- Aside from taking out a loan, you could apply for a scholarship or bursary (many institutions have them for particular schools/courses); you might consider creating a portfolio of different funding options (or crowdsourcing), or you could also look at applying to learned societies and charities for funding; in some instances (particularly for STEM-related PhDs), sponsorship may be available from different organisations. There are a lot of options out there – again, the FindAMasters website comes up trumps with some great ideas: https://www.findamasters.com/funding/. However, you might also find it helpful to refer to guidance on other websites, such as https://www.prospects.ac.uk/postgraduate-study/funding-postgraduate-study
- If you are going to seek funding for postgraduate study, please remember that it is likely to be competitive, and so you will need to be able to show why you should be considered as a worthy recipient. You will probably need to draft an application for the funding and might even have to attend an interview. The Careers+Placements team can help you with these applications.
- If you stay at the same institution at which you took your undergraduate degree, you may also find that there are alumni discounts available to students who remain there.
What about visas?
- If you would like to undertake further study internationally, you may need to consider a visa. If you’re considering studying in the UK, you might wish to take a look at https://www.gov.uk/study-visit-visa, as well as consulting with Aston University’s International Student Support team.
- If you’re considering studying outside of the UK, then you will need to determine what the requirements are for the countries of interest. However, the UCAS website also provides some helpful initial guidance: https://www.ucas.com/undergraduate/what-and-where-study/studying-overseas/general-visa-and-immigration-information-studying-abroad
When and how should I apply?
- In many instances, institutions hosting Master’s courses are prepared to receive applications until the September in which the courses begin. However, there are some caveats: some courses are niche and hosted at a very small number of universities, so can be very popular. In these instances, the institutions may decide to foreclose applications once they have sufficient numbers. To avoid missing out, we would encourage you to contact the Admissions Office for the institution, to determine when they may close applications.
- An increasing number of institutions are beginning to offer January starts for some Master’s courses – it might be helpful if you check if this applies to courses in which you are interested.
- Whilst most Master’s courses require you to apply directly to the host university, some qualifications such as PGCEs require you to apply via UCAS. In these instances, you should ensure that you appraise yourself of the application deadlines as early as possible. For example, for teaching, take a look at the guidance on https://getintoteaching.education.gov.uk/how-to-apply-for-teacher-training/applying-through-ucas-teacher-training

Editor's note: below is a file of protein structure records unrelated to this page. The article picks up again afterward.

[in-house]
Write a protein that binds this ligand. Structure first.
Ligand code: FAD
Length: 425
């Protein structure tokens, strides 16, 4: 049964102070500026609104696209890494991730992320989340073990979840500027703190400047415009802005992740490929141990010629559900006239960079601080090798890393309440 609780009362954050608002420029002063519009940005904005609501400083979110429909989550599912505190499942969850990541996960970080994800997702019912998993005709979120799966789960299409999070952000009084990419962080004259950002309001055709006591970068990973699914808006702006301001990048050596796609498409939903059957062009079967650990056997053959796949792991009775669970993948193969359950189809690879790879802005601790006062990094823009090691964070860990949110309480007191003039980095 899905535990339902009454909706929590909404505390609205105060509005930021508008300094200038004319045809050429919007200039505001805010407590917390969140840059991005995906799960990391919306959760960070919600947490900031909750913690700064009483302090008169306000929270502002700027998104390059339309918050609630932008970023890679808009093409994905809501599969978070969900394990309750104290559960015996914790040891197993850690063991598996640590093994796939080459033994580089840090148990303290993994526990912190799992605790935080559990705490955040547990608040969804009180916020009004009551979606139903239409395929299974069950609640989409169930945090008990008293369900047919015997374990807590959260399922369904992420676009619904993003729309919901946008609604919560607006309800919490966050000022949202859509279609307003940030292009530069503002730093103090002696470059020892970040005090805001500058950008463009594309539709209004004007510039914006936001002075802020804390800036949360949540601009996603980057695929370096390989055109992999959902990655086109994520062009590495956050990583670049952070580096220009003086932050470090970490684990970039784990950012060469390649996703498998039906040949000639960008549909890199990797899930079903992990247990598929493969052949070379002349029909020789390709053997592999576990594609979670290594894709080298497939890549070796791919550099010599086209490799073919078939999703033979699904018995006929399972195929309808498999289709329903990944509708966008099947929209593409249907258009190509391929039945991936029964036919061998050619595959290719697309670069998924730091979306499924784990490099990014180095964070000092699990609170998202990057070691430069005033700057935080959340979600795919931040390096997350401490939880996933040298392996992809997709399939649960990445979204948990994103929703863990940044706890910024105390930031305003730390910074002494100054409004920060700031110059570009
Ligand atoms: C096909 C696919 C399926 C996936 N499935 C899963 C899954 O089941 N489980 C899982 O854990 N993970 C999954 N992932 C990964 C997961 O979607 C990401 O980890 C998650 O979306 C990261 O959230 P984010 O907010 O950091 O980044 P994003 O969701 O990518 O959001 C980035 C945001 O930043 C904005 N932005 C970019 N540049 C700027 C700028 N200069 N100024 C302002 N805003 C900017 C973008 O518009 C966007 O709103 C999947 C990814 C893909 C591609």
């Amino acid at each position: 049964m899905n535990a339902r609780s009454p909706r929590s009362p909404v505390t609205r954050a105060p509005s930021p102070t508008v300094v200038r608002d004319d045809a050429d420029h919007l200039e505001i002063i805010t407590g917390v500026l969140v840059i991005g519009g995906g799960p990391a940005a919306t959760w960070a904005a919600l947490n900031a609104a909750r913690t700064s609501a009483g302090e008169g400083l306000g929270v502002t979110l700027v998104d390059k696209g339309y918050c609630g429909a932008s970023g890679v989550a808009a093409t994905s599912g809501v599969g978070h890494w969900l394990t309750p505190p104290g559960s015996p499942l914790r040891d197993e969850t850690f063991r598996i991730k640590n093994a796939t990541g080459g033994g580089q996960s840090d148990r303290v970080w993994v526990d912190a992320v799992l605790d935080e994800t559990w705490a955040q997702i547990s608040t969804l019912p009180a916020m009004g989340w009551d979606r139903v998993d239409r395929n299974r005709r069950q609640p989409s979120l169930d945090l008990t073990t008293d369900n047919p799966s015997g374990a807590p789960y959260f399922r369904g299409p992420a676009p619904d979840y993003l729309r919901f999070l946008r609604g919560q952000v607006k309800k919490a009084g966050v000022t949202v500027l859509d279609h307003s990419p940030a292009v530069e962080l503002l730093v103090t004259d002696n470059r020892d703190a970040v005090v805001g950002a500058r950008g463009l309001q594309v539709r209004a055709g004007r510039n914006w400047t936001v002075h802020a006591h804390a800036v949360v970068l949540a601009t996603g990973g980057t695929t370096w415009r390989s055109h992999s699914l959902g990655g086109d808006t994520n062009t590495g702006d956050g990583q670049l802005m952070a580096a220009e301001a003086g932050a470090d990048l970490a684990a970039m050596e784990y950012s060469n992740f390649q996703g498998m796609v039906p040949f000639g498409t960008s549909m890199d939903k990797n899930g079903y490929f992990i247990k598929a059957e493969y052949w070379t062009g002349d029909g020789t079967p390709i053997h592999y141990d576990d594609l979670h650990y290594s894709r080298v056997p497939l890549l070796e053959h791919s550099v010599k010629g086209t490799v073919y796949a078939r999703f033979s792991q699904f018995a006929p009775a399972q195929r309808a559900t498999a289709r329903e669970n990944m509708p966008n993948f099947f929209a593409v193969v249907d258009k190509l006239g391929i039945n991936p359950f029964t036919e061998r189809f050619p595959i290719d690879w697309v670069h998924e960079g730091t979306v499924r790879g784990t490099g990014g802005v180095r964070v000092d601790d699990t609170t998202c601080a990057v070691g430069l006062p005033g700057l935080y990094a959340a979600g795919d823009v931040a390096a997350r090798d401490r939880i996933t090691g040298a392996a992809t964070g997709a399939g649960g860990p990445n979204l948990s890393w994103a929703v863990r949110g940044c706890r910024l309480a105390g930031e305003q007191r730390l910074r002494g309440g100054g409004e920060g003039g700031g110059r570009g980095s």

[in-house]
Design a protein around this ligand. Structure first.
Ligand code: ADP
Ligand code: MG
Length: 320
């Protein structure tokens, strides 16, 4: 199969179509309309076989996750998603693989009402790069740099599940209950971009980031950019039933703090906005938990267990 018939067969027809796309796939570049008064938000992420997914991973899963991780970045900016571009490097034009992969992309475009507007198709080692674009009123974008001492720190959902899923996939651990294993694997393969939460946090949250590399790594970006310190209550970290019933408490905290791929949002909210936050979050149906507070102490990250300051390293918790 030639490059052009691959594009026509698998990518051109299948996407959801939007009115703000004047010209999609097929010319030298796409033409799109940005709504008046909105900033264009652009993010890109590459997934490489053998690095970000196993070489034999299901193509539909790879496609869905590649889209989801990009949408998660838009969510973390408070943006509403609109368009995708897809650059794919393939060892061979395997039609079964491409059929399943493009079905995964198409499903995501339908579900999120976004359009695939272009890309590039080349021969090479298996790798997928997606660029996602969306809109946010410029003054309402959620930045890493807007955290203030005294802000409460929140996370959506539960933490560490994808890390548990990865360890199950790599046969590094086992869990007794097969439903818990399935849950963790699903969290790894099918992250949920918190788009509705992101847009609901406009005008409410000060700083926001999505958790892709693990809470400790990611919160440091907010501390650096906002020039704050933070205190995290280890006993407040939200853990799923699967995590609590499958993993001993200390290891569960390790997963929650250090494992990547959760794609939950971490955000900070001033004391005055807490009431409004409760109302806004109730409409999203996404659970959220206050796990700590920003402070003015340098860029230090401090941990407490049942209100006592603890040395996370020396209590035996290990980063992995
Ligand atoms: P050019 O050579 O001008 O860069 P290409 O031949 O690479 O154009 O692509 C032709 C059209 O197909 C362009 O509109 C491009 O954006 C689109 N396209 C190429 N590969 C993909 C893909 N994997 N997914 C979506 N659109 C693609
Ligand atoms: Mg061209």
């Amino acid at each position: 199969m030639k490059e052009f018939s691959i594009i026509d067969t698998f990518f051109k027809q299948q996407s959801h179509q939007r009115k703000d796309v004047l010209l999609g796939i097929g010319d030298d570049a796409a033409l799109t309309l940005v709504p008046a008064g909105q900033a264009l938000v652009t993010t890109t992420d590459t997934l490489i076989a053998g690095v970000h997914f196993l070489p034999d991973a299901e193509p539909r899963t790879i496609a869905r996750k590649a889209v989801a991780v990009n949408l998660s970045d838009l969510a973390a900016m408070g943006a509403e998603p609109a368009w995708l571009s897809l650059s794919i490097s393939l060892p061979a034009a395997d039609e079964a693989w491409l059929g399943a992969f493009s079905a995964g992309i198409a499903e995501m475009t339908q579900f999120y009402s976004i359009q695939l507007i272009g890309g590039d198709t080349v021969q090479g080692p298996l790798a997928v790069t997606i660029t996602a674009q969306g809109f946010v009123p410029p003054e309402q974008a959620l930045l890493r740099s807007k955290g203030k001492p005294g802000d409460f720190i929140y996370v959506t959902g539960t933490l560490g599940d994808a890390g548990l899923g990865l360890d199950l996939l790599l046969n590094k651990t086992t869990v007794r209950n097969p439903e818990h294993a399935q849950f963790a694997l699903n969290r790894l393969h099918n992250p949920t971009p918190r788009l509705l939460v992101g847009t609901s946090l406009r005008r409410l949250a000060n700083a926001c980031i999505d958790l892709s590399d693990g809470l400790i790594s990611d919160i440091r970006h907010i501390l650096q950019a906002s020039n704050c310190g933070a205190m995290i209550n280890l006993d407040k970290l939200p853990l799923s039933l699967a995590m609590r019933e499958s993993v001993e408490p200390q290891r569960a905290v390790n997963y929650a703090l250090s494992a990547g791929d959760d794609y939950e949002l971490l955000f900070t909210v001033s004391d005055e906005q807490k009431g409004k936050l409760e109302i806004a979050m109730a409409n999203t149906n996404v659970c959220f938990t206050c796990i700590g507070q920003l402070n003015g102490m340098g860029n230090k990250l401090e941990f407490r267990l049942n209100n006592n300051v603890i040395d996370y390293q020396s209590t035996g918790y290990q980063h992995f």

- PhDs are often hosted by individual institutions and adverts will identify whether they accept year-round applications, or if there is a specific application deadline.
- In most instances, you will need to draft a personal statement when applying for further study. Whilst you will need to check the specific requirements of the individual institution, typically this will be around 5,000 characters in length and should demonstrate your motivation, your career goals (and how the further study will help you in achieving these), your experience, the research you have undertaken into the study and the host organisation. You can find out more at:
- In addition, you may well have an opportunity to submit your CV as a supporting document. Whilst you may well be aware of the preferred format for CVs when applying for a graduate career, there are some subtle differences when creating an academic CV. Find out more at https://www.prospects.ac.uk/careers-advice/cvs-and-cover-letters/example-cvs
What support is available to help me with my application?
- We’ve got loads of resources to help you. In the first instance, take a look at: https://www2.aston.ac.uk/careers/further-study-and-funding
- However, if you would like help with your personal statement or CV, take a look at our application guidance online and then book an appointment via Aston Futures with a Careers Consultant, to review and receive feedback on your applications.
I appreciate that further study is a huge topic and that one blog post can’t do justice to everything. However, I hope that the initial insights herein are of some help. If you would like more information, please do not hesitate to contact the Careers+Placements service.